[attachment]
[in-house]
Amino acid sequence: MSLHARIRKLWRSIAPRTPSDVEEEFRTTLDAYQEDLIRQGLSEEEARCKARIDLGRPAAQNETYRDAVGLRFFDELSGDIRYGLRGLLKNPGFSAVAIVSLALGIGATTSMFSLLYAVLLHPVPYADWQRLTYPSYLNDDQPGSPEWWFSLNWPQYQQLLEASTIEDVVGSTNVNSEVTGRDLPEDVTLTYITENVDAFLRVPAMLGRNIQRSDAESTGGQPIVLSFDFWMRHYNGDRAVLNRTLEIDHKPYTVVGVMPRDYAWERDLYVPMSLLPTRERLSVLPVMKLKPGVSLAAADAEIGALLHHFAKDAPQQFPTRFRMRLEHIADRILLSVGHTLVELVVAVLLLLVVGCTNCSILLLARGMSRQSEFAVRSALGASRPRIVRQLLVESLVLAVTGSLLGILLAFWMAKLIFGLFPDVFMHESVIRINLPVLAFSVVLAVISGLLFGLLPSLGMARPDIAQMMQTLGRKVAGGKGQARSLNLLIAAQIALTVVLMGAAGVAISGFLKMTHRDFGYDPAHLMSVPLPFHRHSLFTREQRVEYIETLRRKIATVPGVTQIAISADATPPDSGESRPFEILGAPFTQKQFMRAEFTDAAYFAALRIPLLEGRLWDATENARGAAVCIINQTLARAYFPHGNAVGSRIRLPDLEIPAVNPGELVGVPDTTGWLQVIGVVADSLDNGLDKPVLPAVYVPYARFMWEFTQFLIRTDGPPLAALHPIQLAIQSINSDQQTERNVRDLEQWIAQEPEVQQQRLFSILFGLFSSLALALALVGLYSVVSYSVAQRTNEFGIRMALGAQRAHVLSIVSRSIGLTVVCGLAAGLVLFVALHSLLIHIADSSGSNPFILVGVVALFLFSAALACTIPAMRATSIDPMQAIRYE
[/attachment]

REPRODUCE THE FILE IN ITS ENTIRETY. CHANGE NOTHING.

[in-house]
Amino acid sequence: MSLHARIRKLWRSIAPRTPSDVEEEFRTTLDAYQEDLIRQGLSEEEARCKARIDLGRPAAQNETYRDAVGLRFFDELSGDIRYGLRGLLKNPGFSAVAIVSLALGIGATTSMFSLLYAVLLHPVPYADWQRLTYPSYLNDDQPGSPEWWFSLNWPQYQQLLEASTIEDVVGSTNVNSEVTGRDLPEDVTLTYITENVDAFLRVPAMLGRNIQRSDAESTGGQPIVLSFDFWMRHYNGDRAVLNRTLEIDHKPYTVVGVMPRDYAWERDLYVPMSLLPTRERLSVLPVMKLKPGVSLAAADAEIGALLHHFAKDAPQQFPTRFRMRLEHIADRILLSVGHTLVELVVAVLLLLVVGCTNCSILLLARGMSRQSEFAVRSALGASRPRIVRQLLVESLVLAVTGSLLGILLAFWMAKLIFGLFPDVFMHESVIRINLPVLAFSVVLAVISGLLFGLLPSLGMARPDIAQMMQTLGRKVAGGKGQARSLNLLIAAQIALTVVLMGAAGVAISGFLKMTHRDFGYDPAHLMSVPLPFHRHSLFTREQRVEYIETLRRKIATVPGVTQIAISADATPPDSGESRPFEILGAPFTQKQFMRAEFTDAAYFAALRIPLLEGRLWDATENARGAAVCIINQTLARAYFPHGNAVGSRIRLPDLEIPAVNPGELVGVPDTTGWLQVIGVVADSLDNGLDKPVLPAVYVPYARFMWEFTQFLIRTDGPPLAALHPIQLAIQSINSDQQTERNVRDLEQWIAQEPEVQQQRLFSILFGLFSSLALALALVGLYSVVSYSVAQRTNEFGIRMALGAQRAHVLSIVSRSIGLTVVCGLAAGLVLFVALHSLLIHIADSSGSNPFILVGVVALFLFSAALACTIPAMRATSIDPMQAIRYE